Two years after failed suicide attempt she’s hopeful for the future

Taryn le Roux. (Photo: Supplied)
Taryn le Roux. (Photo: Supplied)

Now, Taryn le Roux (40) from Johannesburg says there’s a reason she survived.

In March 2017 she’d fetched a rope. While she was tying it to the beams in her garage, her neighbour walked past. At first, he thought she was making a clothesline.

“We greeted each other and he kept walking but later he told me something hadn’t felt right to him. A while later he came back and found me hanging there,” Taryn tells YOU.

He took her down and performed CPR until an ambulance arrived.

“They told my mom I wasn’t going to make it. I spent a week in a coma. But that [surviving] didn’t mean a sudden turnaround in my life,” she says.

Taryn had had a drinking problem for years. She says she used to be “one of the boys” and refused to admit that she was drinking too much. But a few nights a week spent partying became an out-of-control problem.

In the months leading up to her suicide attempt, she’d spend night after night alone in bars, drinking.

“There’s much about those nights I can’t remember at all. It’s a blank,” she says.

She agreed to start attending Alcoholics Anonymous (AA) meetings and for a while it looked as if things were improving.

“I was clean for six months before that day [of the suicide attempt] but then I relapsed. And it was horrific. They say a relapse is a horrible thing and it’s true. It was such a low point that I didn’t see a way out of it ever.”

Taryn has been married and divorced twice. She says she was abused as a child and suffered from bouts of deep depression throughout her life.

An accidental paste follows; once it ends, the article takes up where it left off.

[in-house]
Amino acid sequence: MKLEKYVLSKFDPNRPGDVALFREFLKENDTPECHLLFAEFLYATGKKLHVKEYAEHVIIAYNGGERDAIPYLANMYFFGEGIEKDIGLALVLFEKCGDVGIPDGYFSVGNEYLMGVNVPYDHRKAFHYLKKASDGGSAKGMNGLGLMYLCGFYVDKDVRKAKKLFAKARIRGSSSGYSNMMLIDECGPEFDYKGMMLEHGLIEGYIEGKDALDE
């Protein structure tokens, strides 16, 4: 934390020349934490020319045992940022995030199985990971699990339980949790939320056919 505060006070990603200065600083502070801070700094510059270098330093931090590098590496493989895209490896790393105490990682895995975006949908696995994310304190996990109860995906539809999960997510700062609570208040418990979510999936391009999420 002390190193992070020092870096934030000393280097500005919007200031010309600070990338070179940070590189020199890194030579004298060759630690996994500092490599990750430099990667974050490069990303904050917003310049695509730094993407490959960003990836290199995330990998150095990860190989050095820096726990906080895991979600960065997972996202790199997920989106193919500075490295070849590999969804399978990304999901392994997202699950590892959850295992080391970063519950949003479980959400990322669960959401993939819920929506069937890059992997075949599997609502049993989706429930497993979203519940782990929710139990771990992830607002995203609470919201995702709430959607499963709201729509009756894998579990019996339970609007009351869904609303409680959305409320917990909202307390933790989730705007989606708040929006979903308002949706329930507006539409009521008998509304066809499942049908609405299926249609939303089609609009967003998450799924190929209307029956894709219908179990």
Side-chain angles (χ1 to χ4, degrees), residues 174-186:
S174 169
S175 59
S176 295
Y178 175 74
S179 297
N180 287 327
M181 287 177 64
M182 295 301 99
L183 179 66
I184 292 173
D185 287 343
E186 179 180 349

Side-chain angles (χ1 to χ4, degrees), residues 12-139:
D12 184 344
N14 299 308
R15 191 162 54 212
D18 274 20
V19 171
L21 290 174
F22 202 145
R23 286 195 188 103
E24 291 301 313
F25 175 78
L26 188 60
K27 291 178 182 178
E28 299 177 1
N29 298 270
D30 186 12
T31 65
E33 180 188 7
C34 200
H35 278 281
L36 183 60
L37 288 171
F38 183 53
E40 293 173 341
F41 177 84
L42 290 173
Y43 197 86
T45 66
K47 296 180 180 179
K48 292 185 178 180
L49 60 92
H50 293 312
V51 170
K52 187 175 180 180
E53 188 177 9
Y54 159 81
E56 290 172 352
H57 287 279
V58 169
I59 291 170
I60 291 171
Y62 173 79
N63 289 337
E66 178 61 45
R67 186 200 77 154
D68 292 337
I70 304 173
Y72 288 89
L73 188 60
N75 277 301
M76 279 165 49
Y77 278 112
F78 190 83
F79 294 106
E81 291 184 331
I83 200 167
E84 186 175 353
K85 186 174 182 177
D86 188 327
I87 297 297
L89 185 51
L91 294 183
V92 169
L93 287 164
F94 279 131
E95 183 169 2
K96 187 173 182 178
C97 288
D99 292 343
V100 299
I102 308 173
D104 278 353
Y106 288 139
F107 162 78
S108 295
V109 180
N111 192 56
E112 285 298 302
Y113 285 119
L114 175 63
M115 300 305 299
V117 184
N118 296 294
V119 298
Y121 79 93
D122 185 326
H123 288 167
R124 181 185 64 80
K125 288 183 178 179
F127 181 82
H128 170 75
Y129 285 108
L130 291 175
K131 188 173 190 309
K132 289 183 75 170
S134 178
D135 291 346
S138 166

“I made bad choices and at one point I was cutting myself too.”

She has a son, now 11, who’d been bitterly angry at her after her suicide attempt.

It’s been a struggle to get out of the deep hole of depression she was in, Taryn says.

“For a year, my depression was so bad that I just stayed in bed. I slept all day but my mom kept insisting I get treatment for my alcoholism.”

She started going to AA meetings and gradually she got out of the house more and no longer slept the days away.

“AA became like family. They saved my life and I could look to the future again.

“Now, I’m starting my own cosmetics company. I want to instil self-confidence in women and make them feel beautiful. It’s always been one of my passions.

“I want to tell people not to expect to pull themselves together in the blink of an eye. Sometimes, it takes weeks, months or, like in my case, years. My son and I are very close now. I’m happy. I’ve battled my demons and I’m chasing my dreams.”

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